We are doing a paper called “The case for house building”, which may not be to your taste; it will argue that, unfortunately, supply is an unavoidable part of any solution. It is frustrating that many other factors, such as interest rates, immigration and stamp duty, are contributing to the housing crisis, but the unavoidable reality is that supply affects price—there is no market in which supply does not have an impact on price. Throughout most of human history, the average cost of a house has been close to the build cost. If you really want to be technical, it is the capitalised future stream of rental income—house prices sometimes get out of line because there are asset price bubbles—but if you work out the rental stream of the average property over 30 years, it should be close to the build cost. Anything above that is fundamentally caused by an imbalance between supply and demand.
Ian Mulheirn has very eloquently made the case that we should not focus only on supply. I totally agree, but I think there is sometimes a desire to wish away the problem. Having said that, I empathise quite a lot with politicians, because it is annoying that other issues are contributing. I would argue that immigration is probably the quickest and shortest lever you could pull; I am thinking of the Chesham and Amersham by-election, for example, in which a party that strongly supports more immigration and more refugees was somehow arguing that there could be no building in any kind of southern constituency.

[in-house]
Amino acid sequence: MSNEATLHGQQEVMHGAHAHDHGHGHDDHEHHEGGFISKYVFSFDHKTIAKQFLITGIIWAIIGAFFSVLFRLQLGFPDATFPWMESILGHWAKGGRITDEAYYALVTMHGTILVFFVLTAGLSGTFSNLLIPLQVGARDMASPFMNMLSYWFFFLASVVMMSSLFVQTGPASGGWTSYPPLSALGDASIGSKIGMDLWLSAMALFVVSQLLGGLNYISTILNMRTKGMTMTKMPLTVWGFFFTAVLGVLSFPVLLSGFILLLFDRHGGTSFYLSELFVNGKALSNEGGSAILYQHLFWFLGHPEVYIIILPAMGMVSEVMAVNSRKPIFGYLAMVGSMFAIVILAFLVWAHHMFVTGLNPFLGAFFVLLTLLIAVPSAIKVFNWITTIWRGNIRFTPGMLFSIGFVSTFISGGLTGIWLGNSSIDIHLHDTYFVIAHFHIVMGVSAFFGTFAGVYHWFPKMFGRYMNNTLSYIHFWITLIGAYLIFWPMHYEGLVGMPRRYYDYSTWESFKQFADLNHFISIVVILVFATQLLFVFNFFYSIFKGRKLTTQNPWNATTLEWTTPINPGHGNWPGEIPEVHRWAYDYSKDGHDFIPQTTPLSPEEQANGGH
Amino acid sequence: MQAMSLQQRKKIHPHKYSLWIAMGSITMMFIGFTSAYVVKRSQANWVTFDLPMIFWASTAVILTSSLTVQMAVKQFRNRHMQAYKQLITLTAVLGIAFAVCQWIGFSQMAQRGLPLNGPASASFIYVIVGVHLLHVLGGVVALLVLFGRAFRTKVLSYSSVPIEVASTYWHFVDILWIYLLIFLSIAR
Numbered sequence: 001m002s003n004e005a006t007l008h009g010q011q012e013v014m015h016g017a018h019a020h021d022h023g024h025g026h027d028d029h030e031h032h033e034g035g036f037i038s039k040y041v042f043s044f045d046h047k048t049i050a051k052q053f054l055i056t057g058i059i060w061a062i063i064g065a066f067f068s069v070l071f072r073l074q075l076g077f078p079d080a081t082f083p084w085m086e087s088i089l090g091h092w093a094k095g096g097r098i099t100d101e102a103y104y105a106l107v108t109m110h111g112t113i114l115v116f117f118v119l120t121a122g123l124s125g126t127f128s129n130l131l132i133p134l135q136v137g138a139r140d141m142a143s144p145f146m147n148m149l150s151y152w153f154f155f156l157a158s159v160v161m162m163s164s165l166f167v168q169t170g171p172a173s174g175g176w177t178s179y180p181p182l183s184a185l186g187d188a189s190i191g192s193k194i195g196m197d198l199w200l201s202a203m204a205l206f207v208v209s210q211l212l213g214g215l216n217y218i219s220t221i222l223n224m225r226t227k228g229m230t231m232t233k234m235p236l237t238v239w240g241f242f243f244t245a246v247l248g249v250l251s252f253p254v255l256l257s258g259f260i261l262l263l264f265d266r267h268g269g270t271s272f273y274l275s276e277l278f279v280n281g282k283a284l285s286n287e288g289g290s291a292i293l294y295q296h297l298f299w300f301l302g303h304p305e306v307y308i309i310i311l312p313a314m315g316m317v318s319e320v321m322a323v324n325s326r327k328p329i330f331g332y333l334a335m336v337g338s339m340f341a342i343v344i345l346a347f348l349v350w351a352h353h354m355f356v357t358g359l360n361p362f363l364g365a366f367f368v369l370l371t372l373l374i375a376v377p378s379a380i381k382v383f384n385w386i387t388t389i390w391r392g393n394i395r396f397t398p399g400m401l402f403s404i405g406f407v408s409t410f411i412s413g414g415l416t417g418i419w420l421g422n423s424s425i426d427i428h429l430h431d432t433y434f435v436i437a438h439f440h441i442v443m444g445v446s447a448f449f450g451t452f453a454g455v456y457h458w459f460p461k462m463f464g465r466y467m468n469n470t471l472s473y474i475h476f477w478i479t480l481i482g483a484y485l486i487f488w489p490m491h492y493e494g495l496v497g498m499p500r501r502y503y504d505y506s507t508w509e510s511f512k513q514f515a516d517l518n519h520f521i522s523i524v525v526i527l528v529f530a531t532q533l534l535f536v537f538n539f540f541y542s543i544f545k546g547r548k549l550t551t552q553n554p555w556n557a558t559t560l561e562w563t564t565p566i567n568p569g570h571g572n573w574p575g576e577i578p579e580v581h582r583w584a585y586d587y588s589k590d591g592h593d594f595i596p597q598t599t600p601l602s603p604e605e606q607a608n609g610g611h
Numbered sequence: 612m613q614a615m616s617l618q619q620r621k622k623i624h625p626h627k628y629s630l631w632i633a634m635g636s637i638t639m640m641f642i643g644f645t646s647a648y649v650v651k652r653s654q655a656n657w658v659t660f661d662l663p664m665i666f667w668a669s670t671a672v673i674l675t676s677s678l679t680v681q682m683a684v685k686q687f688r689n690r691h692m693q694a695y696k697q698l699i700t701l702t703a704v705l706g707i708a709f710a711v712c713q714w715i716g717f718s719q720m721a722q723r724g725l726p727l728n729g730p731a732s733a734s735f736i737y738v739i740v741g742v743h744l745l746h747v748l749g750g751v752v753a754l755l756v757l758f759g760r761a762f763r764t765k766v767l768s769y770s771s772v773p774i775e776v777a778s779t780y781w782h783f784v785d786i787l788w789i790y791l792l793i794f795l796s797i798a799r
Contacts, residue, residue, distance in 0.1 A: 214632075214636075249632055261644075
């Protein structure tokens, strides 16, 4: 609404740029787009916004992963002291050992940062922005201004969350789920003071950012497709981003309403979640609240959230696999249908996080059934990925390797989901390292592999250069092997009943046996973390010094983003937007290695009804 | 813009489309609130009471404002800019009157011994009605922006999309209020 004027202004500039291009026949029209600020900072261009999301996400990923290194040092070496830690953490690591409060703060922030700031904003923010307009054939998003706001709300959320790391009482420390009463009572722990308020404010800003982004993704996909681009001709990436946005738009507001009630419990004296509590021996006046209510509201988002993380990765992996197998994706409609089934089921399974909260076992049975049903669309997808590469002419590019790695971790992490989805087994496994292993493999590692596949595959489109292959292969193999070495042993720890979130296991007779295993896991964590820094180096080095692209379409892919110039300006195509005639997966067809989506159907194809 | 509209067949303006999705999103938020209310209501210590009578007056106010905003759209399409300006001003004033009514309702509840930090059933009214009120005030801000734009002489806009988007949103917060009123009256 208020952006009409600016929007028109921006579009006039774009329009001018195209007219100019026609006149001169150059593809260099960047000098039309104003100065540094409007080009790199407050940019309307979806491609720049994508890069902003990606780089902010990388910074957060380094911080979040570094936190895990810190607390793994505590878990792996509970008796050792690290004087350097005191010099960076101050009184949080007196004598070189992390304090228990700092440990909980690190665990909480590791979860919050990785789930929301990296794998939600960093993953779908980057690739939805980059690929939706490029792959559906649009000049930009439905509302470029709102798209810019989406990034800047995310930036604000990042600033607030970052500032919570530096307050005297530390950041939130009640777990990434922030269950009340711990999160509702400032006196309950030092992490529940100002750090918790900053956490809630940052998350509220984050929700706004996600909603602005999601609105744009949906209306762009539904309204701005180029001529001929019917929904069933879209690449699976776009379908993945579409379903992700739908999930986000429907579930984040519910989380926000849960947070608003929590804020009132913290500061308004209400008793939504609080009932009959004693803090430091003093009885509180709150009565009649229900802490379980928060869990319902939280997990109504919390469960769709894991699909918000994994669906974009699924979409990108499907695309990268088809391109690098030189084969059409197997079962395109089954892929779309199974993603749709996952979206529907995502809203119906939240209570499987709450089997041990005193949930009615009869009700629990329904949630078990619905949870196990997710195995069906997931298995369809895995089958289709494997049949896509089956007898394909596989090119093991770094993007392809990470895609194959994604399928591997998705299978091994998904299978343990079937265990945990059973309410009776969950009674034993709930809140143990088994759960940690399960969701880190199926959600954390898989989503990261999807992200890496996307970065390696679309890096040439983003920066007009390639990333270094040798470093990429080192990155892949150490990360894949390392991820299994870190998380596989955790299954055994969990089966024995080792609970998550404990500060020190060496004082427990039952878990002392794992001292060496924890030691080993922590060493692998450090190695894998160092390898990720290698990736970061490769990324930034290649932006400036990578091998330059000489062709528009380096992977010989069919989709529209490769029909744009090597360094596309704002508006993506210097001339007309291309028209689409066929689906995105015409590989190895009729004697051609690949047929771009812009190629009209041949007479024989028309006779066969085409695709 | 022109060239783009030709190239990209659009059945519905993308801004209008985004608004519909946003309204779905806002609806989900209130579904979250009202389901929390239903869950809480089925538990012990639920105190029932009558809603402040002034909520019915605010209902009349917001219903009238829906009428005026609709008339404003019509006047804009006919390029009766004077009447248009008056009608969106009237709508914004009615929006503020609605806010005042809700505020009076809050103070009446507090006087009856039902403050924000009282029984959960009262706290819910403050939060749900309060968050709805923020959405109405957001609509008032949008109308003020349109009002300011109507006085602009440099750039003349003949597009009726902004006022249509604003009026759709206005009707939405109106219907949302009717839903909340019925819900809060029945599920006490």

However, that does not get us away from the fact that for a long time we have not built enough houses for the people who are already here. We can see that in levels of homelessness and overcrowding, particularly for people at the bottom of the market who are really suffering and cannot have families. It is just unconscionable not to do something about that. So yes, cut stamp duty; yes, reduce immigration; but unfortunately there is just a big backlog. We will have a report out soon on this.